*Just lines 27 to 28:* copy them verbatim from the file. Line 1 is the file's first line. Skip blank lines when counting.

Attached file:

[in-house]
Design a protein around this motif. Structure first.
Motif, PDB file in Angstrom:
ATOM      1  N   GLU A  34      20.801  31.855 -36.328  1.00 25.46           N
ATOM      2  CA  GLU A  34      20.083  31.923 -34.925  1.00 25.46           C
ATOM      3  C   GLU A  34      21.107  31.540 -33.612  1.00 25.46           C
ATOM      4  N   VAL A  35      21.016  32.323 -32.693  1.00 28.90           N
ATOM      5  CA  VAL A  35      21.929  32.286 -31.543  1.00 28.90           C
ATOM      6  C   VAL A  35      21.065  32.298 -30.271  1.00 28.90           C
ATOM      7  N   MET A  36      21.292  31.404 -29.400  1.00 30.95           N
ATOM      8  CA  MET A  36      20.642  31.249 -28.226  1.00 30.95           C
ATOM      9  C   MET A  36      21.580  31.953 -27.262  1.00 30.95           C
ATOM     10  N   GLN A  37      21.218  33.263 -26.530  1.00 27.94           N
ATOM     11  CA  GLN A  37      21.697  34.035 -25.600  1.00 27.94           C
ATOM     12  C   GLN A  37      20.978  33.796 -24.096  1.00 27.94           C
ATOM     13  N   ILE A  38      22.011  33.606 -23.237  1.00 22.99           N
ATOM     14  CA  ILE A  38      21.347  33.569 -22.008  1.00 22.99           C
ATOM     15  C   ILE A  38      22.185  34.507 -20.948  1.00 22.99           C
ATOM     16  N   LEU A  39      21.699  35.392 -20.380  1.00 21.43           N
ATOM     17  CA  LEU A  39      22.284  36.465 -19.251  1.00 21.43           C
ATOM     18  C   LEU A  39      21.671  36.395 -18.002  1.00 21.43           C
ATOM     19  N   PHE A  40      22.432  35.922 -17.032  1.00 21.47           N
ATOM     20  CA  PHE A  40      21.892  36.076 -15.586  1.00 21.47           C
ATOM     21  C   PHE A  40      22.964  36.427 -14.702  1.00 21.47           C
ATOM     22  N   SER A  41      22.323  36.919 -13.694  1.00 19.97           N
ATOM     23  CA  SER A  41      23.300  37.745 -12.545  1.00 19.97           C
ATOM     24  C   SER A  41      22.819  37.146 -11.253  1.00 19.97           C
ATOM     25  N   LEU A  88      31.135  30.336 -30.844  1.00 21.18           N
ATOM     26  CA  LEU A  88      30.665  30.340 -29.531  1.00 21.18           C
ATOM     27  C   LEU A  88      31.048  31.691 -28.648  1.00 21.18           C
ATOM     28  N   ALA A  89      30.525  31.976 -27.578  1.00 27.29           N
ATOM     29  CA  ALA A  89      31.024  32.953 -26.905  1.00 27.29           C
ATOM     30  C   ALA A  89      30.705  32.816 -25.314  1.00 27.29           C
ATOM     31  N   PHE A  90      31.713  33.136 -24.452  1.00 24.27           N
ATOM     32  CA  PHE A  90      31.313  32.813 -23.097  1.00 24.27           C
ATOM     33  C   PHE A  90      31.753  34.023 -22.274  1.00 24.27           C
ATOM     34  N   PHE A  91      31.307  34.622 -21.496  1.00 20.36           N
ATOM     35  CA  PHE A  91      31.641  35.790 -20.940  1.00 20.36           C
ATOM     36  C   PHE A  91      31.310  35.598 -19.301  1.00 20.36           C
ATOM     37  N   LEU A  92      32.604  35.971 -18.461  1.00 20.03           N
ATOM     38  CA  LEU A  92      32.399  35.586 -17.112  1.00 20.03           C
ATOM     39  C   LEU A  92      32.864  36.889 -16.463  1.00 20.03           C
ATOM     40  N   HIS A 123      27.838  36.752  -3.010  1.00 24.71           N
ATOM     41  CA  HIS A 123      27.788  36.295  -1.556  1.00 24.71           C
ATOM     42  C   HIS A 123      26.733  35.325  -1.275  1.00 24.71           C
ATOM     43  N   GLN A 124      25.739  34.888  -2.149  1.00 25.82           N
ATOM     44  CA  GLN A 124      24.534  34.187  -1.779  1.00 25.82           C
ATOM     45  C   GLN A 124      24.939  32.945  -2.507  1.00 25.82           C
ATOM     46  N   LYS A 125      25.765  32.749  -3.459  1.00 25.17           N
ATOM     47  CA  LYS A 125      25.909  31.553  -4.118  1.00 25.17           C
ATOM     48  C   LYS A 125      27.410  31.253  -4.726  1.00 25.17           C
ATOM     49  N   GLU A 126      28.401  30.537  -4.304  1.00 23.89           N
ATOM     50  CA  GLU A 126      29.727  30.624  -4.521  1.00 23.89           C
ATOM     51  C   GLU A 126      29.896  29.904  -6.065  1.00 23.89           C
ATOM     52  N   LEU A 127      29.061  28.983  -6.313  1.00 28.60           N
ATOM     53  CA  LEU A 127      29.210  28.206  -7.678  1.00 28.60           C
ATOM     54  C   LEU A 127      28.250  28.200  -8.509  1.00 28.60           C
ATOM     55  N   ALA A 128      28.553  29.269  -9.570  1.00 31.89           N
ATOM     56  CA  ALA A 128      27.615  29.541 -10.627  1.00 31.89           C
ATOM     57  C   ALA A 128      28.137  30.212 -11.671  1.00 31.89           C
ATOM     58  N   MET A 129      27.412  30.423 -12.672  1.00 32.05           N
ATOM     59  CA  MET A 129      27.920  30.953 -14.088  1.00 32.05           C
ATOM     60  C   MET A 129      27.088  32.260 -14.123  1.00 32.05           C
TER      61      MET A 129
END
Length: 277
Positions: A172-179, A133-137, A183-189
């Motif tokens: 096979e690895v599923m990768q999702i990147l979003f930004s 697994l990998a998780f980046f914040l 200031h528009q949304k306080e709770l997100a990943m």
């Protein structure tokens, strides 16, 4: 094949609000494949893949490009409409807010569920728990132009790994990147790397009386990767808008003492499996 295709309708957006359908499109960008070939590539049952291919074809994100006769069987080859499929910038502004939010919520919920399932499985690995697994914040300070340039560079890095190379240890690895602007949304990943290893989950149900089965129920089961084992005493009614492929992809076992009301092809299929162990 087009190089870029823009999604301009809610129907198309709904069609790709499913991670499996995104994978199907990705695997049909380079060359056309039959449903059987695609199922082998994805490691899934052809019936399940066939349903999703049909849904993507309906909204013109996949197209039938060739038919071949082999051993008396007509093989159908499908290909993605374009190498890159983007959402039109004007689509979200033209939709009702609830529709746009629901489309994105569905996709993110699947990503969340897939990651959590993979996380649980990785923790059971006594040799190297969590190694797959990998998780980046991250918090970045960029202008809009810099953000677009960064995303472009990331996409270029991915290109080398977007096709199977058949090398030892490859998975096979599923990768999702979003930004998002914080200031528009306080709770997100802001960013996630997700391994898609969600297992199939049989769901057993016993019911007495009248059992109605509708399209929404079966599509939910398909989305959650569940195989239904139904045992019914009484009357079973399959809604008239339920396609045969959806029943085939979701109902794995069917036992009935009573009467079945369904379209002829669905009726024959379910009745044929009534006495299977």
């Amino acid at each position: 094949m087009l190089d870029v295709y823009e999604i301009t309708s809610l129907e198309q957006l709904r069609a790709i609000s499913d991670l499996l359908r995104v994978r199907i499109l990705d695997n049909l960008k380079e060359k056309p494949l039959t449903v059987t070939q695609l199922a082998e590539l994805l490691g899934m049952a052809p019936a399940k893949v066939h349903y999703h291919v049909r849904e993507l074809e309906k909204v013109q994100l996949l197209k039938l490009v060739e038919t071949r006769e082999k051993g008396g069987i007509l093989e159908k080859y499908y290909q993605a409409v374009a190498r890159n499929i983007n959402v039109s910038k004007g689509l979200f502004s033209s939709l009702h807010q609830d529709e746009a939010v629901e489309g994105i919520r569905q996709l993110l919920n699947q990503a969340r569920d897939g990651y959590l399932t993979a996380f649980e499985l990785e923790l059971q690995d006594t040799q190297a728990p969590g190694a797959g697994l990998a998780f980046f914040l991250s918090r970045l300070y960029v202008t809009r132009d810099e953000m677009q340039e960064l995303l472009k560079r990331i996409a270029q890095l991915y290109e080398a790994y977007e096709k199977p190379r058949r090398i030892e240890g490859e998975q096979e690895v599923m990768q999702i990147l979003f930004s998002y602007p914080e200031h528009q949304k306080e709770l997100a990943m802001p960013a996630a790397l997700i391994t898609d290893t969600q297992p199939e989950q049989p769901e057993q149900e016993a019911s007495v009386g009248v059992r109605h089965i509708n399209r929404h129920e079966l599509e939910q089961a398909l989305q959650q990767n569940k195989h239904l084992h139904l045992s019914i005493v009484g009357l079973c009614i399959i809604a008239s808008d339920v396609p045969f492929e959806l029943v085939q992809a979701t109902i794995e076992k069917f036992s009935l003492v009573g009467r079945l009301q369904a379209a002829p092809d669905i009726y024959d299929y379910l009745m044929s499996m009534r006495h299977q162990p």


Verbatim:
ATOM     24  C   SER A  41      22.819  37.146 -11.253  1.00 19.97           C
ATOM     25  N   LEU A  88      31.135  30.336 -30.844  1.00 21.18           N